In 1982, two decades since the fire started, a twelve-year-old boy called Todd Domboski fell into a hot, steaming hole, a hole that was created by the fire lurking beneath the town. Luckily his cousin found him in time to pull himself - with the high level of carbon monoxide releasing from that sinkhole, within a matter of minutes Todd would've fainted if not for his cousin. With all the events that happened, they decided that they need to do something about it.
By then it was too late to do anything about the fire - no one can. Congress is aware of the situation, and they decided that the best course of action would be to buy out the residents. In 1992, Congress made a decision to evacuate all residents in the area - Centralia was no more.
Residents were compensated to relocate elsewhere. For those who wished to stay and became holdouts - that wasn't really an option, as authorities tried to remove them from their properties as well; beyond that, Centralia was also eliminated officially with the ZIP code removed. Seven residents remained via court order, but they were not allowed to sell the property nor to pass it down. That's the end of a once-thriving coal-mining town.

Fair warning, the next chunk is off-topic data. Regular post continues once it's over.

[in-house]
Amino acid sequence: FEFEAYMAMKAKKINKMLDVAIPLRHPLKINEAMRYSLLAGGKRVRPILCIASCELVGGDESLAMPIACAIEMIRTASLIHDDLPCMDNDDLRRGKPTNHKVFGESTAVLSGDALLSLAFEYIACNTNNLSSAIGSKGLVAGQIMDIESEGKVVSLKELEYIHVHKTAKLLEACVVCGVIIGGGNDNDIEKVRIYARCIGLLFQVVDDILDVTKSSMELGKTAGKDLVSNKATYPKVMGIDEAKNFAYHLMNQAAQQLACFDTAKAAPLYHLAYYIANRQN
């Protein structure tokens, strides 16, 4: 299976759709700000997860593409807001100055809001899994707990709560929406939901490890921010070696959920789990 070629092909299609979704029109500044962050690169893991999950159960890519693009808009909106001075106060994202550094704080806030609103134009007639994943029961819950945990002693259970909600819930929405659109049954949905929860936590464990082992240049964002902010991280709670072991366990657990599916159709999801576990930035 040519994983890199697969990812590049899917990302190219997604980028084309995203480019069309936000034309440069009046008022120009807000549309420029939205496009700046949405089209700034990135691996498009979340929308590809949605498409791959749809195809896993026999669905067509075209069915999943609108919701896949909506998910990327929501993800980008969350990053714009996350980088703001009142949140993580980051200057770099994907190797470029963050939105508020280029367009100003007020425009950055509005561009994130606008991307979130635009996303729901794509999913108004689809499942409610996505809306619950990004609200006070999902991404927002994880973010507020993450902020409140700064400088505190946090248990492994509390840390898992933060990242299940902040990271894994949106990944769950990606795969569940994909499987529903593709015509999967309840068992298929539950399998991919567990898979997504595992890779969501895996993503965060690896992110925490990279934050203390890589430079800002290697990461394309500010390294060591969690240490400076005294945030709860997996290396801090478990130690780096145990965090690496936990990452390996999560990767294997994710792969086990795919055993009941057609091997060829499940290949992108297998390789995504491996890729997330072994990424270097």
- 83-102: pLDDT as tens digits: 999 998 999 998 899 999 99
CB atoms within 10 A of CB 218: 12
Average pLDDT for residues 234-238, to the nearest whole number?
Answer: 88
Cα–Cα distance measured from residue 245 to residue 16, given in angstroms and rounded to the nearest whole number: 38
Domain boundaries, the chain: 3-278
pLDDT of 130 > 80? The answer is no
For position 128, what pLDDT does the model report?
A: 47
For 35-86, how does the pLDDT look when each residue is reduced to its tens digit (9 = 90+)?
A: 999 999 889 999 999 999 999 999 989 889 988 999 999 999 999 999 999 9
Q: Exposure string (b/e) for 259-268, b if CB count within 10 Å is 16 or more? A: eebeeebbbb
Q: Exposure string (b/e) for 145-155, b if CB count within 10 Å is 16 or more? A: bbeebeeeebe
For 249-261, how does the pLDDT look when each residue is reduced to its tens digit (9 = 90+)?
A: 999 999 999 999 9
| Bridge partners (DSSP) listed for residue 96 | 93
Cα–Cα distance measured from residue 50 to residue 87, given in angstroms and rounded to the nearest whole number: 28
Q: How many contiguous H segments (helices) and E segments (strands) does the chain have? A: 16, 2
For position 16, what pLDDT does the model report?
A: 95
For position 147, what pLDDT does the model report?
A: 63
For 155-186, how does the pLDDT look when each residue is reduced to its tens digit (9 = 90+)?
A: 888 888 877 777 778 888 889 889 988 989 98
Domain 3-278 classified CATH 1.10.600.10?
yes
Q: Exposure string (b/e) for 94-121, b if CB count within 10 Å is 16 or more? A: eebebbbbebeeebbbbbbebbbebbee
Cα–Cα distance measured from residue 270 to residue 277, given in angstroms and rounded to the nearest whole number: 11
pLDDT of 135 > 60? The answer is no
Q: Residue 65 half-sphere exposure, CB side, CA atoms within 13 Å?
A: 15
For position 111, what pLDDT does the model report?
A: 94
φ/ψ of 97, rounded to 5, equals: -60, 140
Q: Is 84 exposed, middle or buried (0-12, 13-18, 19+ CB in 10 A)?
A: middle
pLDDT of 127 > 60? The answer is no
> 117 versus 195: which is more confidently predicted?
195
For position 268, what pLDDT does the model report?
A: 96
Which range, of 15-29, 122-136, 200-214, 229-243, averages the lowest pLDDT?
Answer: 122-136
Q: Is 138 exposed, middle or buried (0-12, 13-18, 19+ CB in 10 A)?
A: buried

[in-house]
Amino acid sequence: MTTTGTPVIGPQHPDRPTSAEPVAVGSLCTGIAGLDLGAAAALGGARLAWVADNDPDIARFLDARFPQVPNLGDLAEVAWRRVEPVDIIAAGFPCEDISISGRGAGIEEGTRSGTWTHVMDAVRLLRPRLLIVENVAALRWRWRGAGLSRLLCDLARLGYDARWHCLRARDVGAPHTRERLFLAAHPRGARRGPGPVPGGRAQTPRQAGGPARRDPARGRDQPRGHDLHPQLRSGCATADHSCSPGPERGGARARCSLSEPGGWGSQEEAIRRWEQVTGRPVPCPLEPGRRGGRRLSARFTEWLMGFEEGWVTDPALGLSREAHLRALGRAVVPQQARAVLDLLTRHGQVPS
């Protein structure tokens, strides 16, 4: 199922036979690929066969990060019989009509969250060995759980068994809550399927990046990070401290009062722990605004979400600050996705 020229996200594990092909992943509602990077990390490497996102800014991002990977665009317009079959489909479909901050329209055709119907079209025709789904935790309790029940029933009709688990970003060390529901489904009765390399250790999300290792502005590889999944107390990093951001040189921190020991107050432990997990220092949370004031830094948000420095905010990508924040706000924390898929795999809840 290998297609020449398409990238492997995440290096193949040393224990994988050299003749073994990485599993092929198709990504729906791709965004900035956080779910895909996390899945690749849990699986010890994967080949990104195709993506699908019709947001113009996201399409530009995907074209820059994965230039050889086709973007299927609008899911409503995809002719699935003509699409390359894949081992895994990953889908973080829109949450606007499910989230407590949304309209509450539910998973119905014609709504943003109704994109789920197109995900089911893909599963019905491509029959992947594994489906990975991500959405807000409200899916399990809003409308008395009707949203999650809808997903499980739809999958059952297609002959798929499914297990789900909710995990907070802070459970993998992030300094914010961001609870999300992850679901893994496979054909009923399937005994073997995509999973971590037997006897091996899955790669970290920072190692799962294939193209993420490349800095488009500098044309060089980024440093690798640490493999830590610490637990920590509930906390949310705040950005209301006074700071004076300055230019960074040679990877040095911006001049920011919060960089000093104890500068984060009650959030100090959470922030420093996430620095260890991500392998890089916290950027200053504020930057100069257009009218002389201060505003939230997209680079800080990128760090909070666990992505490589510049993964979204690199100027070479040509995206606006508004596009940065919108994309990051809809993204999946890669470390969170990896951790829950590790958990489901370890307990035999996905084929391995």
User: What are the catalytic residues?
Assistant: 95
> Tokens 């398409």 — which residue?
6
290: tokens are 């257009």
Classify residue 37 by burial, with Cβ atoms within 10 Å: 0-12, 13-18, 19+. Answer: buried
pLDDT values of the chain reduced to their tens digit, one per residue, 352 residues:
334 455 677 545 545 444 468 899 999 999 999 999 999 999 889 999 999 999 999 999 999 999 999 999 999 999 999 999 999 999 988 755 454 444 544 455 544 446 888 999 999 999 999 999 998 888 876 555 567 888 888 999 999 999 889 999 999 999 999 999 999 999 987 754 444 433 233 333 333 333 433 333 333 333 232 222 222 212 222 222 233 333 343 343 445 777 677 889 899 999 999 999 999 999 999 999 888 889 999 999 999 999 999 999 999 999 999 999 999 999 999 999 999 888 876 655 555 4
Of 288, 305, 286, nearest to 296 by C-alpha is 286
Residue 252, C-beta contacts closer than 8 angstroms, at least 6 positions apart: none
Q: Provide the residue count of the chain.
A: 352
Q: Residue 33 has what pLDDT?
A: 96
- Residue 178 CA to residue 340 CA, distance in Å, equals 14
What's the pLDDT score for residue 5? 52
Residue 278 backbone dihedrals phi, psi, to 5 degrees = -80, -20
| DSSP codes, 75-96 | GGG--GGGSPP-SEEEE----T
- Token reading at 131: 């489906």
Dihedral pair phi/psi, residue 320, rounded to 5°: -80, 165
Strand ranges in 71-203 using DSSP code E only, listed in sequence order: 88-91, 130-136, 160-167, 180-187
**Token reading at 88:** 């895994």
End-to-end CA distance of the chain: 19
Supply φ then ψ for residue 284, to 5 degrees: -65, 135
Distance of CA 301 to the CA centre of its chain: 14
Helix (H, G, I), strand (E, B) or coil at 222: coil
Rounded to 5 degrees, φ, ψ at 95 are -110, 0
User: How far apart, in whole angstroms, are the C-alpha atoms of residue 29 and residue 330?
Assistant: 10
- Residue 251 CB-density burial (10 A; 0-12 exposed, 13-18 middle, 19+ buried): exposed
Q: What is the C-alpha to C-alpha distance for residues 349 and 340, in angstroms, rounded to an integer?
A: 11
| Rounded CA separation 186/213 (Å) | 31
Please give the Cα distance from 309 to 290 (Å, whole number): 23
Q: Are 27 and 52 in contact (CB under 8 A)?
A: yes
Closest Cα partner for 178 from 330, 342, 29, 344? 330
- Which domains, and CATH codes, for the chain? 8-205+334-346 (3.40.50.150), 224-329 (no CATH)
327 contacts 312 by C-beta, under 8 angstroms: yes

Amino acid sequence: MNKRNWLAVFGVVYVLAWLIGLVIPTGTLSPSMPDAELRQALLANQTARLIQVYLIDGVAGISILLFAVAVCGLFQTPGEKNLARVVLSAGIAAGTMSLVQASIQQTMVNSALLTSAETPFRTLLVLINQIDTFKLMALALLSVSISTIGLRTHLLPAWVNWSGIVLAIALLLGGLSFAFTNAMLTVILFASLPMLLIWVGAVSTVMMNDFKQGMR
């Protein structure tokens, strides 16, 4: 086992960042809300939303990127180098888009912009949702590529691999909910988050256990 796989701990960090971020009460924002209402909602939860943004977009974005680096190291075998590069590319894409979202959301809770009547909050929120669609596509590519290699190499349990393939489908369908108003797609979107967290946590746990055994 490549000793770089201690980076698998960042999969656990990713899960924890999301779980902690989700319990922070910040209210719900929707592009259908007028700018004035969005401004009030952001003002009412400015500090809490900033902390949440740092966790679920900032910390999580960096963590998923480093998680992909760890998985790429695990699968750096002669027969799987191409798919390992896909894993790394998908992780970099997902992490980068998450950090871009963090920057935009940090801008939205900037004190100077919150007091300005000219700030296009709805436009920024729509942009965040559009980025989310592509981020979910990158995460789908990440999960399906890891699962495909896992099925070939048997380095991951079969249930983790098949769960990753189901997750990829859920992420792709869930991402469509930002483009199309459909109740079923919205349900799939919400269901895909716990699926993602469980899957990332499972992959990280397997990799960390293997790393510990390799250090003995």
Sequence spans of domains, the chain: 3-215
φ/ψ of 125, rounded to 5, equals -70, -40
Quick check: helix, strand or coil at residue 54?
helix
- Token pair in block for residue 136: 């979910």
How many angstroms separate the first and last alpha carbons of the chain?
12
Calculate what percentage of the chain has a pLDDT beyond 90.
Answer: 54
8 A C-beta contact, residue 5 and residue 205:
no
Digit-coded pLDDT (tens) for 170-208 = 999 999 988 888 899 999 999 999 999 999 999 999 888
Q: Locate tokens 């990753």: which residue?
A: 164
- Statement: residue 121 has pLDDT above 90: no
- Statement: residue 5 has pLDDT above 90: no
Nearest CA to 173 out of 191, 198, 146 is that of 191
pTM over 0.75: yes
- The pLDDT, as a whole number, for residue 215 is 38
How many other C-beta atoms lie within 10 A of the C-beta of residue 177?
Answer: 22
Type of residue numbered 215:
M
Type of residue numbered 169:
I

Today, Centralia is merely a ghost town, with barely a soul in sight. Not just that, but the fire raged on, even till this very day, 58 years since it started. If you happened to drive nearby, you might be able to see smoke coming through the gaps on the road, with the heated path beneath you... a once-thriving community is now a nightmarish land, desolate, and soon to be forgotten.
This is the story of how a once-thriving mining town became a resolute ghost town. It's hard to believe that the fire is still ignited but the truth is that no one knows how many more years it would continue burning. What do you think of this place? Do you think the fire would go out one day? Or have you been there before? If you enjoyed reading this, why not share it with your friends and family?